Go to the dedicated page and use our interactive tool.
Calculate the quote
In an ever-changing legal landscape, Court of Turin ruling No. 429/2023 introduced a new approach, overturning existing conventions on worker relocation and NASPI benefits.
The dispute arose from a specific event: the resignation for just cause of a female worker. It all began with the transfer of her place of employment from Turin to Trieste, a journey of more than 80 km, which triggered a series of fatal consequences.
The worker applied for access to NASPI benefits, but the application was initially rejected by INPS. The social security agency, following the established practice outlined in Circular No. 369/2018, placed the burden of proof on the worker. According to this interpretation, it was up to her to prove that the transfer was not justified by valid technical, organizational and production reasons, as provided for in Article 2103 of the Italian Civil Code.
In other words, it was necessary for the worker to highlight the groundlessness of the transfer in order to claim the validity of her resignation for just cause and, consequently, obtain NASPI benefits. This position of INPS, rooted in years of practice, made the case not only an individual problem but a relevant issue for workers’ law in general.
The Court of Turin, taking a novel position, upheld the worker’s appeal and, thereby, disregarded the guidelines previously upheld by INPS. This judgment was made taking into account also the Italian Legislative Decree No. 22/2015, significantly contrasting the pre-existing practice.
Italian legislation sets ” unintentional loss of employment” as a prerequisite for accessing the NASPI benefit. Traditionally, INPS has interpreted this requirement as being met only if the employment relationship was terminated consensually, due to a relocation involving a journey of more than 50 kilometers or a commute time by public transport of more than 80 minutes.
Tuttavia, il Tribunale di Torino ha introdotto un nuovo punto di vista. Ha osservato che se un dipendente si dimette per giusta causa a seguito di un trasferimento non sostenuto da “ragioni tecniche, organizzative e produttive”, come sancito dall’articolo 2103 del codice civile, ciò comporta un mutamento significativo delle condizioni lavorative. Di conseguenza, anche in questo scenario, l’accesso alla NASPI dovrebbe essere garantito.
Questo giudizio si basa sulla constatazione che, garantendo la NASPI in caso di risoluzione consensuale, l’INPS riconosce implicitamente che un trasferimento a notevole distanza rappresenta una variazione sostanziale delle condizioni lavorative.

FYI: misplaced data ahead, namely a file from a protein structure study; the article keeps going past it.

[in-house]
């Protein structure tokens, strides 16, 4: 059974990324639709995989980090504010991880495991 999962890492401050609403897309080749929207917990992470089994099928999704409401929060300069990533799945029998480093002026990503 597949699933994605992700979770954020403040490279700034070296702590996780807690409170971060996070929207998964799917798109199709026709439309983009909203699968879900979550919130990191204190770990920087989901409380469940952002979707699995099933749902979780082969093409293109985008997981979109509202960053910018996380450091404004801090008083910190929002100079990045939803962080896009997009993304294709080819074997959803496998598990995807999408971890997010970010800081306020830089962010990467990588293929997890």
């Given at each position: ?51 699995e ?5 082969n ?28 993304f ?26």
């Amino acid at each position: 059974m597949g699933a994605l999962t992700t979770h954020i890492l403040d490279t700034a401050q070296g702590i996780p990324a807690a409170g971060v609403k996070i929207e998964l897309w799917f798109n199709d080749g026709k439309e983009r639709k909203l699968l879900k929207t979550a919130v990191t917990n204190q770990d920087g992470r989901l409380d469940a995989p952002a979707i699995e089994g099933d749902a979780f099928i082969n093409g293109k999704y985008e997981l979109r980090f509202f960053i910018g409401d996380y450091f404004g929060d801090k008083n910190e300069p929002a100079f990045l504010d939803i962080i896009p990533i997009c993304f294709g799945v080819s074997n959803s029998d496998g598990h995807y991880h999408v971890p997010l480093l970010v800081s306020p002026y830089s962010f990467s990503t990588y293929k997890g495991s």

In sintesi, il Tribunale di Torino ha ritenuto che la decisione del lavoratore di dimettersi a causa del trasferimento della sede lavorativa deve essere interpretata come una “perdita involontaria” dell’occupazione. Di conseguenza, non è più necessario dimostrare l’infondatezza del trasferimento per accedere all’indennità NASPI. Questa sentenza apre una nuova via interpretativa, che potrebbe avere ripercussioni notevoli sull’equilibrio tra i diritti dei lavoratori e le esigenze organizzative datoriali.
The ruling of the Court of Turin No. 429/2023 is not merely an isolated judgment on a specific case; it could mark a turning point in the Italian legal-labor landscape. The possible repercussions of this decision require careful analysis by all actors involved in the world of work.
For Employees: The ruling offers a new means of protection, recognizing that resignation for just cause due to an unjustified transfer may entitle workers to NASPI benefits. This decision could encourage greater assertiveness on the part of workers in dealing with unjustified transfers.
For Employers: The need for a more solid and documented justification for transfers imposes a new responsibility. The decision to transfer an employee will have to be accompanied by an accurate assessment of technical, organizational and productive reasons in order to avoid possible litigation.
For employment law practices in Italy: This decision could push companies to reconsider their internal policies, promoting more ethical and transparent management of transfers.
In conclusion, ruling No. 429/2023 by the Court of Turin is not just a circumscribed legal decision, but a sign of a possible change in labor culture. Its repercussions could have an impact beyond the specific case, influencing the interaction between employers and employees, and helping to redefine the balance in the national labor landscape.